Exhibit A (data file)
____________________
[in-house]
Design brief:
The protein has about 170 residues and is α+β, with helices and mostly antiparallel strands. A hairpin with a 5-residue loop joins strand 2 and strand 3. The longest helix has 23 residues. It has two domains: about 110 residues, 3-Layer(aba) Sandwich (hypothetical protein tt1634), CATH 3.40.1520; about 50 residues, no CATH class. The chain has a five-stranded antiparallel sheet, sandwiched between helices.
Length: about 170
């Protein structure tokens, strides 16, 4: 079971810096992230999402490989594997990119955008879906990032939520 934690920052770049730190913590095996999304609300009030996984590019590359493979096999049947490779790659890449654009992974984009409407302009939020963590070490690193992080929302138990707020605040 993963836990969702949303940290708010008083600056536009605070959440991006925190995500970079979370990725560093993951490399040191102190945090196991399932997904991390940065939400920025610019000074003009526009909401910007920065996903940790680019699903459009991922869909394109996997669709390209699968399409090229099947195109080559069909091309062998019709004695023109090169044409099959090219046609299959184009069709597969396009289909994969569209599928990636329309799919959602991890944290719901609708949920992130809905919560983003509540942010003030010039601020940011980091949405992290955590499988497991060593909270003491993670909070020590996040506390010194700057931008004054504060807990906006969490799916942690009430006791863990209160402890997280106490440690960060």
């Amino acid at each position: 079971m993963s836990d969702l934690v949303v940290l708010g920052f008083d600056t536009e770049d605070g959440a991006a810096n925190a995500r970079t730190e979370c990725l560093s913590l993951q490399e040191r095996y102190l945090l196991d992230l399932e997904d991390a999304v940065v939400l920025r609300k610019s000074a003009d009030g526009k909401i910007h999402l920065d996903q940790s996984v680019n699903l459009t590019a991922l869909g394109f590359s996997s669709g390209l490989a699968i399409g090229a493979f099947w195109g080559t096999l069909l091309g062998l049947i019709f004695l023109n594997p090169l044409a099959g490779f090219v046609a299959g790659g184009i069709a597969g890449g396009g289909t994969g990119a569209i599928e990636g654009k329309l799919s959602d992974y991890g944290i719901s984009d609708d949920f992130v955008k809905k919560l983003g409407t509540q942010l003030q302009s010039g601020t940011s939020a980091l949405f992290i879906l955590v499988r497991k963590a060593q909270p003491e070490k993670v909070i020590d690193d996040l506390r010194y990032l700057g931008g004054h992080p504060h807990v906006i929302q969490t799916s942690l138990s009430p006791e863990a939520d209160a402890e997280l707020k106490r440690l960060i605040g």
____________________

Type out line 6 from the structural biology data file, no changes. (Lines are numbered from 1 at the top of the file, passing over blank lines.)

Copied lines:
């Amino acid at each position: 079971m993963s836990d969702l934690v949303v940290l708010g920052f008083d600056t536009e770049d605070g959440a991006a810096n925190a995500r970079t730190e979370c990725l560093s913590l993951q490399e040191r095996y102190l945090l196991d992230l399932e997904d991390a999304v940065v939400l920025r609300k610019s000074a003009d009030g526009k909401i910007h999402l920065d996903q940790s996984v680019n699903l459009t590019a991922l869909g394109f590359s996997s669709g390209l490989a699968i399409g090229a493979f099947w195109g080559t096999l069909l091309g062998l049947i019709f004695l023109n594997p090169l044409a099959g490779f090219v046609a299959g790659g184009i069709a597969g890449g396009g289909t994969g990119a569209i599928e990636g654009k329309l799919s959602d992974y991890g944290i719901s984009d609708d949920f992130v955008k809905k919560l983003g409407t509540q942010l003030q302009s010039g601020t940011s939020a980091l949405f992290i879906l955590v499988r497991k963590a060593q909270p003491e070490k993670v909070i020590d690193d996040l506390r010194y990032l700057g931008g004054h992080p504060h807990v906006i929302q969490t799916s942690l138990s009430p006791e863990a939520d209160a402890e997280l707020k106490r440690l960060i605040g």